Specialising in
Grey Water
and
Rainwater Harvesting systems in South Africa .

Fracking the Karoo and unanswered questions

Posted by: Saving Water SA (Cape Town, South Africa) – partnered with Water Rhapsody conservation systems – 07 February 2011

Shell, Sasol and Bundu are names of companies that are going through application processes to drill exploration holes very deep into the ground in the Karoo in search of water and gas.

Millions of litres of water are needed for fracking - per drilling site.

Shell has opened up a can of worms with their public participation meetings, and there are too many questions that have been unanswered; though the questions have been asked of them directly.

To drill explorative holes, and to look for water at limitless depths, Shell has applied for an EMP (Environmental Management Plan). I am not aware of how deep existing boreholes go down to get water for farming purposes, but all of the farmers say that there is just enough water for them to exist in that harsh environment.  Other hydro-geologists say that there is no more water for any purposes whatsoever in the Karoo.

At the outset, it must be stressed that the problems relating to “chemical fracking” are all about water.

How much water is needed by Shell for drilling and fracking? Shell and the others need millions of litres of water per drilling site, but nobody is willing to say how many drilling sites there are in their proposals, nor how many millions of litres are needed per drilling site.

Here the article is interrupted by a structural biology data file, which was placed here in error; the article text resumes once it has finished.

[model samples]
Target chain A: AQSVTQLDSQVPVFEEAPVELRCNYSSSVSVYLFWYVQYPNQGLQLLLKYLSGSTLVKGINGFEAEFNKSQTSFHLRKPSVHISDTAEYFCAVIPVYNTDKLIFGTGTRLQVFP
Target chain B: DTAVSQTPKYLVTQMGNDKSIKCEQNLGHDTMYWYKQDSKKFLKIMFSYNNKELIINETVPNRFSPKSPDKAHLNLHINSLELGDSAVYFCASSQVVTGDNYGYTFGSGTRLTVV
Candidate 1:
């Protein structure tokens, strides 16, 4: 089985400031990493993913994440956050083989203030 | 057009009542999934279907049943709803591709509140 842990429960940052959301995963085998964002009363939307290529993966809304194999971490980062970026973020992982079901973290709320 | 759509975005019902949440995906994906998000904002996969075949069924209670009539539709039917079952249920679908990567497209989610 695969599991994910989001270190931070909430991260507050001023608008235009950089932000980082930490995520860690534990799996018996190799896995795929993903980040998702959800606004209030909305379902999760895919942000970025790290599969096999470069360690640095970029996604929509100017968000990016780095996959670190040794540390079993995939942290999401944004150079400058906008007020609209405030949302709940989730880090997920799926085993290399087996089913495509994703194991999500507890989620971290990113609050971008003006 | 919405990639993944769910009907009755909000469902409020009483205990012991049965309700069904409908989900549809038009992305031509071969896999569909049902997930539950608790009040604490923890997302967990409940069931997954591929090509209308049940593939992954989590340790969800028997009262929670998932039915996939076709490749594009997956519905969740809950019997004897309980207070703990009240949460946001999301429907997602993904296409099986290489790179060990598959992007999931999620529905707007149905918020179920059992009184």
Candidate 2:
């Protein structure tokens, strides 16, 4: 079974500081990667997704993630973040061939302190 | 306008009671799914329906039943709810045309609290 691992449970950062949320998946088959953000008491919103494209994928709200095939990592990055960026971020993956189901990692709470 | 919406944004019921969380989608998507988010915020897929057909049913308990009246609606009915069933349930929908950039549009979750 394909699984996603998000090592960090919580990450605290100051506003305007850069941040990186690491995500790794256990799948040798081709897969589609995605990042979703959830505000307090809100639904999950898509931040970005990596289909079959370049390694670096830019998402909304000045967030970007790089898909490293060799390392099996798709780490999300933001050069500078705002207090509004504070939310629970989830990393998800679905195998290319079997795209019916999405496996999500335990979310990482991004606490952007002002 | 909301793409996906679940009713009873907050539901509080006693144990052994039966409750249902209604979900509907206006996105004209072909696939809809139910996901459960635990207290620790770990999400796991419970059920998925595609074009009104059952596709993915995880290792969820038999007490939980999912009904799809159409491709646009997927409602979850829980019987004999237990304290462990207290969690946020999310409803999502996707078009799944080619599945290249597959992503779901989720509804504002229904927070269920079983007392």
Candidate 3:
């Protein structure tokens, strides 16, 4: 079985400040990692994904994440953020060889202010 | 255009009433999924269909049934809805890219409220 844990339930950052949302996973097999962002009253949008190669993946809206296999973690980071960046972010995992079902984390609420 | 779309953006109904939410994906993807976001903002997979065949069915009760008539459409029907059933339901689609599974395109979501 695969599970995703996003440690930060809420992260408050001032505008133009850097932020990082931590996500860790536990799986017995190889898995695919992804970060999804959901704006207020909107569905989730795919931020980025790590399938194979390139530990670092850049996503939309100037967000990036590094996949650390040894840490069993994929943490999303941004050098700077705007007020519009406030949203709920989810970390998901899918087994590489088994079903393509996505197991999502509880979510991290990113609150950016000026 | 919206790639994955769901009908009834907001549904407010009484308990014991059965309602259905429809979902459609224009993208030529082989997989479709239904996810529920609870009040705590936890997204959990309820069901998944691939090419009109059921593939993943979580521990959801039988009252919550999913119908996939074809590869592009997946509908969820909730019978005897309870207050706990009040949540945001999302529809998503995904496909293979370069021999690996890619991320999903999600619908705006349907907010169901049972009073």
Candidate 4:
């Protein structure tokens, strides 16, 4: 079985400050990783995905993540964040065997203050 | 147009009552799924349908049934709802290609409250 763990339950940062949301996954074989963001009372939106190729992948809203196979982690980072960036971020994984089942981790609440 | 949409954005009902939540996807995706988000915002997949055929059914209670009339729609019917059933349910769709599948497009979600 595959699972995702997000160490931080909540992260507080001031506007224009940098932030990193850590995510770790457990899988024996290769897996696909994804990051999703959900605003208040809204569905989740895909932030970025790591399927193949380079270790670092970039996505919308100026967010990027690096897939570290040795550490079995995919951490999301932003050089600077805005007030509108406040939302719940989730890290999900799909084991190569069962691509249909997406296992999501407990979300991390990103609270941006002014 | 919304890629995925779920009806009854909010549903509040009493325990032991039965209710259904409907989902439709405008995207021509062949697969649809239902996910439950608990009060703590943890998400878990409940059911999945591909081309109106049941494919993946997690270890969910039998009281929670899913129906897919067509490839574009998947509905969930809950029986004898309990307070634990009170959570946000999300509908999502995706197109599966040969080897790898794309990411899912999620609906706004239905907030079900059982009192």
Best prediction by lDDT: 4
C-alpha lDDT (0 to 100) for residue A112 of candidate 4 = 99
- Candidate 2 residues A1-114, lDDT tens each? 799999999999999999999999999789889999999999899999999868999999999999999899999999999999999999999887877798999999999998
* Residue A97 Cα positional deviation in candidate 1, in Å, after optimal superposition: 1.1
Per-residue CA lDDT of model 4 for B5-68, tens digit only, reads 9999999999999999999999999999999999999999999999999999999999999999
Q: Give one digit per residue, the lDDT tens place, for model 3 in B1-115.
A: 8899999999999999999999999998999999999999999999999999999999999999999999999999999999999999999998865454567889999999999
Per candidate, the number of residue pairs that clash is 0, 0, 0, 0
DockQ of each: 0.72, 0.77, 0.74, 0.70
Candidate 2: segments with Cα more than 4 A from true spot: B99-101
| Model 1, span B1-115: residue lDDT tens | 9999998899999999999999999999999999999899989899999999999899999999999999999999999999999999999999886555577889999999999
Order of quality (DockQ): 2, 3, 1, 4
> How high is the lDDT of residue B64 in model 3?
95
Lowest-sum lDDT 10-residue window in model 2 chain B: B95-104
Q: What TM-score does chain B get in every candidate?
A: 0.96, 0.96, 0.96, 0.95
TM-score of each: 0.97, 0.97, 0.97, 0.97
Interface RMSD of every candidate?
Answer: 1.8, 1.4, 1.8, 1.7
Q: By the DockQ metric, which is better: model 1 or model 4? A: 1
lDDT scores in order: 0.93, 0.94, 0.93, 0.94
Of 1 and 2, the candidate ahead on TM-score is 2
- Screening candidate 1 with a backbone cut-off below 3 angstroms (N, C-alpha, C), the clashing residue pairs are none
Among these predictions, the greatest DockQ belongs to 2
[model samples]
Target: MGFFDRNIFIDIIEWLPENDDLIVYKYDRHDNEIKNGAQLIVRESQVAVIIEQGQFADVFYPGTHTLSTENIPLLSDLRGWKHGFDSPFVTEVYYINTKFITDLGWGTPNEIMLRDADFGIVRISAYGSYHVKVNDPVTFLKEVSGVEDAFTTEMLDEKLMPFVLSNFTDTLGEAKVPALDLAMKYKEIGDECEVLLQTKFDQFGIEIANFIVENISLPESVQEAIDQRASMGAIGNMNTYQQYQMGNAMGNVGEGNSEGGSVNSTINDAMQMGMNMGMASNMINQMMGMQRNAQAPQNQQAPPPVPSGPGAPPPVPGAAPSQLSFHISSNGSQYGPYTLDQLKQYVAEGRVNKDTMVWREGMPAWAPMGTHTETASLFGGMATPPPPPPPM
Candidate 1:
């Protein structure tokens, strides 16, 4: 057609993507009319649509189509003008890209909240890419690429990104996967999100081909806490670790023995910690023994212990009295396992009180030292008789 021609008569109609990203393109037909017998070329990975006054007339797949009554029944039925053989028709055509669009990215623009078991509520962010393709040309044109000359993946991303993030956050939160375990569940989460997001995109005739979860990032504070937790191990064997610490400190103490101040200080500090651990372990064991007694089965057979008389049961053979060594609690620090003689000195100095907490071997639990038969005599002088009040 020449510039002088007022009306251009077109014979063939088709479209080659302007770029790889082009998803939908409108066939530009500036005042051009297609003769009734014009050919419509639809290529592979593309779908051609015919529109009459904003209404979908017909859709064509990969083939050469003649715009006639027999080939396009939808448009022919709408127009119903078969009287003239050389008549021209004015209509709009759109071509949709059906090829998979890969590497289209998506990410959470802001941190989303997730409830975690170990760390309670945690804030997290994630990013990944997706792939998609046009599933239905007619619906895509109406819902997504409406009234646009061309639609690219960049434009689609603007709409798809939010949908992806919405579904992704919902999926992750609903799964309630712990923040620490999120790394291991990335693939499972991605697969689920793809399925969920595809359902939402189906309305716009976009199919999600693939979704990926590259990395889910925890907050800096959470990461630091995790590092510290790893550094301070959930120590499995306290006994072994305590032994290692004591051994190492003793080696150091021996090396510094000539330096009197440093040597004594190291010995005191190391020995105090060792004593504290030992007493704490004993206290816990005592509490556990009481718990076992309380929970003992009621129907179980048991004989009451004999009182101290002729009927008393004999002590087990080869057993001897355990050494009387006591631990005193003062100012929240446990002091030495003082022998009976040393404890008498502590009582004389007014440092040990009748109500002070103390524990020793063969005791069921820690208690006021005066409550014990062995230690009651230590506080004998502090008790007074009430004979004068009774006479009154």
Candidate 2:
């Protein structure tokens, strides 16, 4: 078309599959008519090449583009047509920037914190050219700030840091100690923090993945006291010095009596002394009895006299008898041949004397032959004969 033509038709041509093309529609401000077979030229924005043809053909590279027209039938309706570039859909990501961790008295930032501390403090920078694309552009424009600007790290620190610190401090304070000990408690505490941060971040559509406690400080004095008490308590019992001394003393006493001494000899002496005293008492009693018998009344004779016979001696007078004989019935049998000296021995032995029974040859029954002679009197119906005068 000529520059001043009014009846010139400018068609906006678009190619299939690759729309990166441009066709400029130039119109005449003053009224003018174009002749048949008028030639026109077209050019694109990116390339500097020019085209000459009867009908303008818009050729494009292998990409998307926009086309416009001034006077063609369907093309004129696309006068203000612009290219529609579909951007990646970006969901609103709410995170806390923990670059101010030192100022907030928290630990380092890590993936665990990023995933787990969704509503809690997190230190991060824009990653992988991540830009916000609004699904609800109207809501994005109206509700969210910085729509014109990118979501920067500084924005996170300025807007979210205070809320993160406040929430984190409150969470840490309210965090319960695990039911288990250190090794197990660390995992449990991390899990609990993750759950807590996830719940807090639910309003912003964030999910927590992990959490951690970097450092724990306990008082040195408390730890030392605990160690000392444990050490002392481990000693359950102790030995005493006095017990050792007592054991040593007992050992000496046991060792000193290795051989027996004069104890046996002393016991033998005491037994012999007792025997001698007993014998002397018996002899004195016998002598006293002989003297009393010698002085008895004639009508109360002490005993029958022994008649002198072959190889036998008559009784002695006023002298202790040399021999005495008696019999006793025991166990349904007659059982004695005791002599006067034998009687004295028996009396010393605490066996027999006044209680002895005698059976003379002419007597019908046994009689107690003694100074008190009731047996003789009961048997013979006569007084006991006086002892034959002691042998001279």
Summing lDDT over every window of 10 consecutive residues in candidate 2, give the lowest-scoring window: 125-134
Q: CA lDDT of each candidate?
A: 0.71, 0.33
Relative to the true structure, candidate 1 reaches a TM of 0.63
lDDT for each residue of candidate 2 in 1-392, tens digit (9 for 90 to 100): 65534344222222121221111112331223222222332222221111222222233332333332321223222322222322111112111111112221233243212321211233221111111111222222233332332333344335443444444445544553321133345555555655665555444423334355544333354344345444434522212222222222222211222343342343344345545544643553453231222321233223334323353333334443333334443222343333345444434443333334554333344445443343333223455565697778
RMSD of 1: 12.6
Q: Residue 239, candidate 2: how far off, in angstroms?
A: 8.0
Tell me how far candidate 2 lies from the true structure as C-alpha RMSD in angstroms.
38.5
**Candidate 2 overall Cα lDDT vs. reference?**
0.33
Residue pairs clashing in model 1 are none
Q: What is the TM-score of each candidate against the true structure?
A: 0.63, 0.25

Will Shell compete with farmers for water? If there is a finite volume in the fossil aquifer, and Shell is to extract more water than before, it is only logical that there will be less water than before. The process may go ahead without any research as to the re-charge of the aquifer. A full Environmental Impact Assessment (EIA) should be done to find these facts out.

What will the exploration process do to the aquifer/s in the Karoo? Nobody has drilled any exploration holes as deep as the holes that Shell plans to do.  Shell is prepared to drill up to eleven thousand metres below the surface, some ten thousand metres below sea level to get water. This water could very well be the salinity of sea water (nobody knows), and might be under huge pressure and become artesian which means that sea water could be gushing out to the surface.  At best, saline water will infiltrate the aquifers and create conduits for mixing of the aquifers.

Once exploration is over and the fracking for gas begins, what are the chemicals used to mix with sand and saline water to start the fracking process? Shell persistently refuses to answer this question. They have though made some ludicrous statement about one of them being the same as chemical used to make ice cream. What is more likely, and the reason for their secrecy, is toluene (poisonous hydrocarbons); and other hazardous mixtures and compounds that would normally be compulsory by law to cart away by specialist contractors.  These contractors need to dump these in special places that cannot pollute groundwater. These self same chemicals, legally classified “hazardous” would be pumped into deep holes in the Karoo by explorers looking for gas.